Protecting health or privacy on public transport?

Pedestrians, cyclists, car drivers, taxis and public transport, constantly cross each other in the city. How can you better travel safely at these times without delaying travel for reasons of insecurity for yourself? The introduction of protection measures on public transport increasingly raises the question among opponents of whether there is a risk of your privacy being at risk. Thousands of meetings around the world have been devoted to protecting privacy, ignoring aspects of security or proprietary integrity.

In some countries, you simply do not participate in public transportation without a mobile phone that constantly follows you, and all heat cameras or surveillance cameras in public places should protect everyone from infection. How do we do public transportation in our country during the epidemic to protect everyone? What is our government investing in taking preventive measures in transport so that we do not become infected?

Adequate protection or not? During the pandemic, bus drivers were protected from passengers behind wooden and plastic panels. Trains were not allowed as a means of transportation, and taxis as an alternative to public transportation remain expensive for most citizens and in some cases more dangerous than the pandemic itself. After a year of public transportation “shutting down”, few steps have been taken to adapt the “travel product” to new conditions. Little or no technological safeguards have been taken. However it can be done differently!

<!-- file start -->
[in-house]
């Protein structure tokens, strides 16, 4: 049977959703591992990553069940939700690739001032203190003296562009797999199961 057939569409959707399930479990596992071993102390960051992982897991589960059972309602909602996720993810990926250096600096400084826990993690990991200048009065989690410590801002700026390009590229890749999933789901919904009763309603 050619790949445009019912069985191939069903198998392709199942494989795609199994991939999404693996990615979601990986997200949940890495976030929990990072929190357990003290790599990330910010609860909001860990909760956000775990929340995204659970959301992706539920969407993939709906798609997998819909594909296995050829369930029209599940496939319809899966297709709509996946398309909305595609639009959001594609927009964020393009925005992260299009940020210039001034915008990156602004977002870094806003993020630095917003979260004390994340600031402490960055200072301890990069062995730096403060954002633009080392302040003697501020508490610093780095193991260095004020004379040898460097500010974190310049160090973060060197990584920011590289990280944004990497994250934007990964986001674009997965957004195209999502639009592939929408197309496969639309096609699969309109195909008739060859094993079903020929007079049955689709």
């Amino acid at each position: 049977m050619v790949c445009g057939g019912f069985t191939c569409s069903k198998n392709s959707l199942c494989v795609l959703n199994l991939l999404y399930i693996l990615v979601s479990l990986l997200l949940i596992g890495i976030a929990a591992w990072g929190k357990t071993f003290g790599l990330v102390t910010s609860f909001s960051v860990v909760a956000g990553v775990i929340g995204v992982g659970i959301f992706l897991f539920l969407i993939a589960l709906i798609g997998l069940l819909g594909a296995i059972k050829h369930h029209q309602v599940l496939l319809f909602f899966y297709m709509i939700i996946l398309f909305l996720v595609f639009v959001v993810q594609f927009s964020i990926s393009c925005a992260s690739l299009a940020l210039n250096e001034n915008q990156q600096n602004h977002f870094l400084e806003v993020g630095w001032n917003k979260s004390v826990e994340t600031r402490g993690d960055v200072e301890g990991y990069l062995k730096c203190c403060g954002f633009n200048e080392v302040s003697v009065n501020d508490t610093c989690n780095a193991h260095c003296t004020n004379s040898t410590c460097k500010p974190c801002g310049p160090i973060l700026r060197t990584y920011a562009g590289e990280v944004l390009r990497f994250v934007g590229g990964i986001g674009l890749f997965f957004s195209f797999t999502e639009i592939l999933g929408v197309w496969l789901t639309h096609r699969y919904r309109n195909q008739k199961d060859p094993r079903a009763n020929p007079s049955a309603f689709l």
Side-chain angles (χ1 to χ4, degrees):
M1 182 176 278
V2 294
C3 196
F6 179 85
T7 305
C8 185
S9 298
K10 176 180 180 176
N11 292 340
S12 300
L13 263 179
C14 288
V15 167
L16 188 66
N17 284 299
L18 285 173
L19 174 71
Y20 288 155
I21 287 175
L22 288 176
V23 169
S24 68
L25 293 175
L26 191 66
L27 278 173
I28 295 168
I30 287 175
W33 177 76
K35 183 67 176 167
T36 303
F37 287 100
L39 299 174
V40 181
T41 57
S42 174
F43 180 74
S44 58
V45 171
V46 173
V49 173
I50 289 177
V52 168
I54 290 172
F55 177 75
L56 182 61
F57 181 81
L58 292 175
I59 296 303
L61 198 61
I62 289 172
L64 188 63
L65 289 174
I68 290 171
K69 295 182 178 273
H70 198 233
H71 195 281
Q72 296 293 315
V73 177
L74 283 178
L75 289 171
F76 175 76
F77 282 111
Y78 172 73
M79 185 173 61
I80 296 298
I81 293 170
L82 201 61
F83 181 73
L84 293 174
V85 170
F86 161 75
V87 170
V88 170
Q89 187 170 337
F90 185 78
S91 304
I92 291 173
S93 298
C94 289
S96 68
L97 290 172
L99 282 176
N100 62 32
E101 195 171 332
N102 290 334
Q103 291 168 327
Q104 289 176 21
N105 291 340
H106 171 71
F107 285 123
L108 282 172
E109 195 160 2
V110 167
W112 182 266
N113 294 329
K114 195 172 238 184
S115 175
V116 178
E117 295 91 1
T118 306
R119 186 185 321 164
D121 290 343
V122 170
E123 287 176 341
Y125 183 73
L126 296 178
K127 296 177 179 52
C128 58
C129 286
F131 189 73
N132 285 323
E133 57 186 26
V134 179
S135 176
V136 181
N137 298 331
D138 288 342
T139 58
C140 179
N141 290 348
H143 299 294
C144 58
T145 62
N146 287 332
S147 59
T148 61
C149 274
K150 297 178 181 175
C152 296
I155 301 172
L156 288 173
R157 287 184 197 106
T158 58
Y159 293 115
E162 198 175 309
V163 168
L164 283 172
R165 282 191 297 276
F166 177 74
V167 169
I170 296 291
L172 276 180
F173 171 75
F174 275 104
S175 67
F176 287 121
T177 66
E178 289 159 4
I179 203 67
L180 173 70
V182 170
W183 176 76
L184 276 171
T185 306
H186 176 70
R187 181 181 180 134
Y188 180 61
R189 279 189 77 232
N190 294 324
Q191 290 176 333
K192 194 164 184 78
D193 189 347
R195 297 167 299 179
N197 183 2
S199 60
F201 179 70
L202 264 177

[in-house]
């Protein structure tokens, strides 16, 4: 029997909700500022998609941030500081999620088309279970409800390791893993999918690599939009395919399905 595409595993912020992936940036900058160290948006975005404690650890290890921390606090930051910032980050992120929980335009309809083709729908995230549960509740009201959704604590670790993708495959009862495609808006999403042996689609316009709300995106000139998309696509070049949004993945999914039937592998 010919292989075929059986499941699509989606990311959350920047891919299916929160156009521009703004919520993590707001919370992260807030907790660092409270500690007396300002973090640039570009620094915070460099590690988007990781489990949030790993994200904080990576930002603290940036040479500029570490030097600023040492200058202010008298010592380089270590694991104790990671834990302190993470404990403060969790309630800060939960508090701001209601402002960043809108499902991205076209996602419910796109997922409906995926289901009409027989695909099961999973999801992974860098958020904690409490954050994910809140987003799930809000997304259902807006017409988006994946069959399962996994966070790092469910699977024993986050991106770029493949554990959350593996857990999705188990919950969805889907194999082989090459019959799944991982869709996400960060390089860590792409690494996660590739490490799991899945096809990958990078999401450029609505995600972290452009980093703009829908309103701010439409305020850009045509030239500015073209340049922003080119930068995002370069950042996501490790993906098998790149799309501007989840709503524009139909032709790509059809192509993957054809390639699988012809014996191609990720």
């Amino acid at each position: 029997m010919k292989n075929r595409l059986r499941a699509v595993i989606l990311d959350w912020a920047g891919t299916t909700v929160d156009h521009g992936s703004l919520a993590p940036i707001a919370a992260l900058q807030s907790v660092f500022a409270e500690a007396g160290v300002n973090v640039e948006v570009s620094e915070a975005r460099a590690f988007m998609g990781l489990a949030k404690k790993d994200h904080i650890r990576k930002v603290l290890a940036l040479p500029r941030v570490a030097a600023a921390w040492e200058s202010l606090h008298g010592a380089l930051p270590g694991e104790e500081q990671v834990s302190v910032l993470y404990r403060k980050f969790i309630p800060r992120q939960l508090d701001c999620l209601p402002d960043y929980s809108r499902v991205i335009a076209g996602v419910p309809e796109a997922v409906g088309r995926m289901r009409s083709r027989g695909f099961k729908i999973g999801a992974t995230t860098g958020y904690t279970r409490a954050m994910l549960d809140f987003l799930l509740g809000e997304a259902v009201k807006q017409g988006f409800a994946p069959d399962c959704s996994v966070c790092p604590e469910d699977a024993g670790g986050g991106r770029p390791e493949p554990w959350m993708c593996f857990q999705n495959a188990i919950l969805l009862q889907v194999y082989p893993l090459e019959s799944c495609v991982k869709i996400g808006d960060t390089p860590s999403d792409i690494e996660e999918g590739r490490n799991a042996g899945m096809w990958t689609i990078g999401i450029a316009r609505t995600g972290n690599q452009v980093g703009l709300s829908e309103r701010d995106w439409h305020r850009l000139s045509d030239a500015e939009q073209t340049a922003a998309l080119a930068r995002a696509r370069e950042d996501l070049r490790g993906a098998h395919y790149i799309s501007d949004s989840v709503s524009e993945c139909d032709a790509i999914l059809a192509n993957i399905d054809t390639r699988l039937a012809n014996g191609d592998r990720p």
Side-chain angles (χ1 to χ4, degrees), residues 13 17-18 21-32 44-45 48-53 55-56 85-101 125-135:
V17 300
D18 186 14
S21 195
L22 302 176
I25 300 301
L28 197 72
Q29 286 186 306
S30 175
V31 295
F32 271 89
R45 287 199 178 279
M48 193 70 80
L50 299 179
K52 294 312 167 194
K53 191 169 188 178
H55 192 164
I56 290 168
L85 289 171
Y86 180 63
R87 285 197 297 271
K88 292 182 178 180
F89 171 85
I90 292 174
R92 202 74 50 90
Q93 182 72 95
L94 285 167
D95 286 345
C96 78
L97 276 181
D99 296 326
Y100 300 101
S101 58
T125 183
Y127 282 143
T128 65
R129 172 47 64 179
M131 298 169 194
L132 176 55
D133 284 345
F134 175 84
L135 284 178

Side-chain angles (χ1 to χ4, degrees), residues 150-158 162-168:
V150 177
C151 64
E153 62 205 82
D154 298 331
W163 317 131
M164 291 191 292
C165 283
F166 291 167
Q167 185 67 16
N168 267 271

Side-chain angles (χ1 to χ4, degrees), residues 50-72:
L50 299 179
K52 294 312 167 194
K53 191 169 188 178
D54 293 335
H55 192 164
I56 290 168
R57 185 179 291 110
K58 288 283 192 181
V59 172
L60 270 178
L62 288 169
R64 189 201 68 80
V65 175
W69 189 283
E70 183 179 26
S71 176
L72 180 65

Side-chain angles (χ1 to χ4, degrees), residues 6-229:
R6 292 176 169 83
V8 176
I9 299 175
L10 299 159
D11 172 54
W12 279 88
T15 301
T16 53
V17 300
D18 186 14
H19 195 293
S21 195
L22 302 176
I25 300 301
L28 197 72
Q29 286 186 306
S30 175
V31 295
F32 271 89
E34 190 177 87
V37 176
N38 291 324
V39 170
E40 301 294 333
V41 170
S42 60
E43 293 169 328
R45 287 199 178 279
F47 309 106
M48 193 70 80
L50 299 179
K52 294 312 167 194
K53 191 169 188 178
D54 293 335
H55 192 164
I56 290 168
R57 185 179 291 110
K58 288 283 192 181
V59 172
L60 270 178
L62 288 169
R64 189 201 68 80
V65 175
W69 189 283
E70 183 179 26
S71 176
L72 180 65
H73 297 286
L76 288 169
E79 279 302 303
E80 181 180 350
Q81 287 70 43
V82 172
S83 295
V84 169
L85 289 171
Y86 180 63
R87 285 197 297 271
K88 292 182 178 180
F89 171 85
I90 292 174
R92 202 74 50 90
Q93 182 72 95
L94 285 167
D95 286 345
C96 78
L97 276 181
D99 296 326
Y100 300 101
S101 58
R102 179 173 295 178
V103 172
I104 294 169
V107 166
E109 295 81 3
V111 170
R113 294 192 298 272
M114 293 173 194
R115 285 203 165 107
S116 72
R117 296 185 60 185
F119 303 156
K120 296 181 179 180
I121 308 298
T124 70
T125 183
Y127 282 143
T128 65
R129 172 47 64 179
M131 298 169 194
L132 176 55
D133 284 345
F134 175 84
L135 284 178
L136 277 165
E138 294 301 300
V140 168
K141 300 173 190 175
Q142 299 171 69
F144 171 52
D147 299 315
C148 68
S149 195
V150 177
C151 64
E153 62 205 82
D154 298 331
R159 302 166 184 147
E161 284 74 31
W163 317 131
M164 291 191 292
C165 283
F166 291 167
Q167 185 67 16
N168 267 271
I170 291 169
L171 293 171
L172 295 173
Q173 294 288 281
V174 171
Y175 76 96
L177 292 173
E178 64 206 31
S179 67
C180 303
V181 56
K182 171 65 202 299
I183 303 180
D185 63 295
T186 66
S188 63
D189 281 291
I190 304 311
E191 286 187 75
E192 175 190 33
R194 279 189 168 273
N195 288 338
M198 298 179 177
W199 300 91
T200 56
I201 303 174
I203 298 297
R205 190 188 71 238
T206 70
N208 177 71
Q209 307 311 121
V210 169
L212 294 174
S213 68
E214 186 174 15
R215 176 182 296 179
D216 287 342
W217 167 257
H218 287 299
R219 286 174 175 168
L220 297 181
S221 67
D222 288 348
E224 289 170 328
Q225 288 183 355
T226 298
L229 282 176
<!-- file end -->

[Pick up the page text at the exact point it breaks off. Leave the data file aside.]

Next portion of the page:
Check before boarding

In South Korea, the traveler’s temperature has already been checked at the bus shelter to combat the Coronavirus. With the thermal camera, they check every passenger they are allowed in only and only when the body temperature is below 37.5 ° C are you allowed to travel. Ultraviolet rays in the cans sterilize and cool the air, and hand disinfection has become a standard procedure when you get on the plane. In Seoul, bus shelters are being replaced by solar-powered shelters that you can’t enter without strict supervision.

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Megan Vasquez

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